Diabetic retinopathy (DR) is a major cause of blindness worldwide. DR progresses in many patients despite preventable measures such as blood sugar and blood pressure control. Other available treatments require invasive eye injections and are often ineffective?DR remains the leading cause of legal blindness among working-age adults. Current diagnostic tests fail to identify early disease stages or predict disease progression. Consequently, new biomarkers and therapeutic strategies are needed. DR is an established inflammatory disease with leukocyte involvement. Many inflammatory cytokines (products of leukocytes) are consistently elevated in the aqueous and vitreous of patients with advanced DR and diabetic macular edema (DME). Inflammatory mediators are candidates for direct biomarkers that may predict DR progression as well as treatment response. To date the only validated prognostic DR biomarker is the circulating glycemia marker glycated hemoglobin (HbA1C). HbA1C screening, however, reflects glucose control, which indicates disease risk as opposed to DR pathology. Our central hypothesis is that intraocular inflammatory mediators such as PGE2, IL-6, and IL-8 are markers of DR severity and therefore predict risk of disease progression. Equally important, they represent potential novel targets for inhibition. We have recently demonstrated that topically applied ketorolac, a nonsteroidal anti- inflammatory drug, achieves therapeutic vitreous levels and significantly reduces several elevated inflammatory mediators in eyes with DR. These observations and its commercial availability provide rationale to investigate the relationship of inflammatory mediators with DR severity and the long-term effects of chronic topical administration of ketorolac in diabetic patients. Our current goals include confirming inflammation mediators are biomarkers of both systemic diabetes and DR progression in the aqueous. Like the vitreous humor, the aqueous reflects localized ocular inflammation, however, is technically easier to collect with less risk. We will also determine the long-term effects of sustained ketorolac application on intraocular cytokine levels, DR progression, and DME incidence. Our proposal is the first to use a cornea-permeable NSAID for the treatment of DR. We believe local inflammation control in the eye will transform future treatment options for diabetic patients facing blindness. Tracking and inhibiting local inflammatory mediators through all DR stages has the capacity to reduce or prevent disability in millions of patients per year.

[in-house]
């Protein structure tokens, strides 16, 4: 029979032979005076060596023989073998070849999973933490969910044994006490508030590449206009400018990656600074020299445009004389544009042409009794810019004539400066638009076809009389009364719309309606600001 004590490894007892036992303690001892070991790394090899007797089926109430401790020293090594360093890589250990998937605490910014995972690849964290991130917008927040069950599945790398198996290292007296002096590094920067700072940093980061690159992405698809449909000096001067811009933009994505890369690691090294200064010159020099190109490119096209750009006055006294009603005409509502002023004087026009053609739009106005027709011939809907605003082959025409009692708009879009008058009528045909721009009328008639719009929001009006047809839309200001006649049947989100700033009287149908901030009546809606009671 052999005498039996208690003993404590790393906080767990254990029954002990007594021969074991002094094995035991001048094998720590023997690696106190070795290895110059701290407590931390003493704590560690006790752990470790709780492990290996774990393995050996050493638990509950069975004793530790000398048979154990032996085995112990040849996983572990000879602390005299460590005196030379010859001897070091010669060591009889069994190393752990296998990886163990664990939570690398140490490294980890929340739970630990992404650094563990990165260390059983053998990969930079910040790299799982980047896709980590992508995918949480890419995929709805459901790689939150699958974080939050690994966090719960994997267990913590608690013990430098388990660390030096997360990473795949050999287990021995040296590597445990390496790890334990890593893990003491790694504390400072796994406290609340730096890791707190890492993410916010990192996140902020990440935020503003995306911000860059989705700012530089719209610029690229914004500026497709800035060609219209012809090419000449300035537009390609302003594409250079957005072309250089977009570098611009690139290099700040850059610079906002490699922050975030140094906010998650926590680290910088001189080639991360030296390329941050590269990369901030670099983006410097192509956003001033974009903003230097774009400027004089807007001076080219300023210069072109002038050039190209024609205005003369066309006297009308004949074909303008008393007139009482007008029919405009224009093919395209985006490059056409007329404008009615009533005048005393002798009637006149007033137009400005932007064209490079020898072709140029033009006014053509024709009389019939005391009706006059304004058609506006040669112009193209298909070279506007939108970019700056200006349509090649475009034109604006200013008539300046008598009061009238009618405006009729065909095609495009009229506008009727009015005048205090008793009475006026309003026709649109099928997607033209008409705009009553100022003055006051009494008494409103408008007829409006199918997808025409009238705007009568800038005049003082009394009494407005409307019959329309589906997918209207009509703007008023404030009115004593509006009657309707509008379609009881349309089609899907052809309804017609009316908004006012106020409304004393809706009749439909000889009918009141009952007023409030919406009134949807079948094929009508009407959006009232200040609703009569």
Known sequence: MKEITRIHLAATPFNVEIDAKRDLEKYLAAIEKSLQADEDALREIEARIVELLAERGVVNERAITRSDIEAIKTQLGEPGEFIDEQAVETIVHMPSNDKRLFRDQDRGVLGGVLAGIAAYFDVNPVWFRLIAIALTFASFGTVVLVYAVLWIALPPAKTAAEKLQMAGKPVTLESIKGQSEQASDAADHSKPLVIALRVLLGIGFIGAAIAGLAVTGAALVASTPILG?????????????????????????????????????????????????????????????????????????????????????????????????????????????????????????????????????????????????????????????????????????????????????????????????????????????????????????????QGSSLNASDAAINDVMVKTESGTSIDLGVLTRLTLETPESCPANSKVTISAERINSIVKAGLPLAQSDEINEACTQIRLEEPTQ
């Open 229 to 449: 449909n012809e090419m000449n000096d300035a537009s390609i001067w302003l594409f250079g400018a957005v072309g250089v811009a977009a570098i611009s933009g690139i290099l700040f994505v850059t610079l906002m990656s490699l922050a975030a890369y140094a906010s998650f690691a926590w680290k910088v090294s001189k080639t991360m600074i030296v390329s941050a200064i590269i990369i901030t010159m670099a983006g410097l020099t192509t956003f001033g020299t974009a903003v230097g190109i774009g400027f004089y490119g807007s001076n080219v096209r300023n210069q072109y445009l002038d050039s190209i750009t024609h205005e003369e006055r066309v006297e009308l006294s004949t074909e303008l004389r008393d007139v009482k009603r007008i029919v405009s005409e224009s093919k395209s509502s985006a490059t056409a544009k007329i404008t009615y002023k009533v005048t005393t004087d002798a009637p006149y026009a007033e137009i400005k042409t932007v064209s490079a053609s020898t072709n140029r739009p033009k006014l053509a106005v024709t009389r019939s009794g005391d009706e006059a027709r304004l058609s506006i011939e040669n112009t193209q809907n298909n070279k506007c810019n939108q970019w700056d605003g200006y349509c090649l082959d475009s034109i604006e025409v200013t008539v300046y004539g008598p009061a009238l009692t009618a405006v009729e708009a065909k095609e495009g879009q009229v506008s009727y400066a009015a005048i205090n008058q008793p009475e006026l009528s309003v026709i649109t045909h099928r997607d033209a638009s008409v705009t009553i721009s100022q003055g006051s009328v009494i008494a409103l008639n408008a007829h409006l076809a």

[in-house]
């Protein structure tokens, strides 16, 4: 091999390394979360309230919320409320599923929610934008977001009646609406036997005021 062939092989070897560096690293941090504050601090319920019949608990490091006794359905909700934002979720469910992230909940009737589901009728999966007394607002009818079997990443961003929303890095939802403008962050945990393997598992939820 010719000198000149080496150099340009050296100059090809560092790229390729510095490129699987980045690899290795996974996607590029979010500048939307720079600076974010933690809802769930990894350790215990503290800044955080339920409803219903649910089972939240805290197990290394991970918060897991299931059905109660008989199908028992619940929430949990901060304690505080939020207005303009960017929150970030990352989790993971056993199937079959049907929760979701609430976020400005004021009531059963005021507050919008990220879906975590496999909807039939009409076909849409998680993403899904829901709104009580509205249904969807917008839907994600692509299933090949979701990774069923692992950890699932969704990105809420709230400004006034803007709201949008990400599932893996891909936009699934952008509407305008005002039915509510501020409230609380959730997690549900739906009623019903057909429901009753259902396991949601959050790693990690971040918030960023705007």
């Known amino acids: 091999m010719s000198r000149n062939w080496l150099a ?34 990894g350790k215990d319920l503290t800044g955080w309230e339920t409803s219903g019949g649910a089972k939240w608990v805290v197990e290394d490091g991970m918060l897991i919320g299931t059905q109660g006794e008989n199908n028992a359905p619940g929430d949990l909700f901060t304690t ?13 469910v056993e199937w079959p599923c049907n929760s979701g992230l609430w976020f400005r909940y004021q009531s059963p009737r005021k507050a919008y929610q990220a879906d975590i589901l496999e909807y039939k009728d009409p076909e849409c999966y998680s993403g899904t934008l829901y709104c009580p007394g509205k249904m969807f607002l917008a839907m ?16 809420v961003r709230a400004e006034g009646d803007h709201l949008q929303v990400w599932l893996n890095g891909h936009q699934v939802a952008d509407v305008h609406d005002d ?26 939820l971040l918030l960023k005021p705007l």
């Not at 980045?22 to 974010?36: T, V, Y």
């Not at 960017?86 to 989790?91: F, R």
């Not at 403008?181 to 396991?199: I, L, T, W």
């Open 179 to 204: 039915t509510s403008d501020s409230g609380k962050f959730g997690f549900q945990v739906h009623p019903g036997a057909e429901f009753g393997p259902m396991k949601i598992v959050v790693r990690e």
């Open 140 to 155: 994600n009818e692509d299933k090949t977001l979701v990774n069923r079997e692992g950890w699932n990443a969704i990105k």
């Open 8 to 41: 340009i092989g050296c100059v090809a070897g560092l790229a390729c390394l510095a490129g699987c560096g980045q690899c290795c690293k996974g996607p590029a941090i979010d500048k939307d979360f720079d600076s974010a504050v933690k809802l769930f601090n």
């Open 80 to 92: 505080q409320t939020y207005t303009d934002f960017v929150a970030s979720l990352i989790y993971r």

Public Health Relevance

Nearly 300 million individuals have diabetes worldwide and approximately 35% of diabetic patients will have some form of diabetic retinopathy (DR) with 5 to 10% of these individuals experiencing permanent vision loss. DR progresses in many patients despite preventable measures such as lowering of high blood pressure and strict control of blood glucose ? DR remains the leading cause of legal blindness among working-age adults. A growing body of scientific evidence indicates that inflammation plays a prominent role in the progression of DR; therefore anti-inflammatory based therapies may slow progression of DR if applied early in its disease course.

National Institute of Health (NIH)
National Eye Institute (NEI)
Research Project (R01)
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Diseases and Pathophysiology of the Visual System Study Section (DPVS)
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Mckie, George Ann
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Vanderbilt University Medical Center
United States
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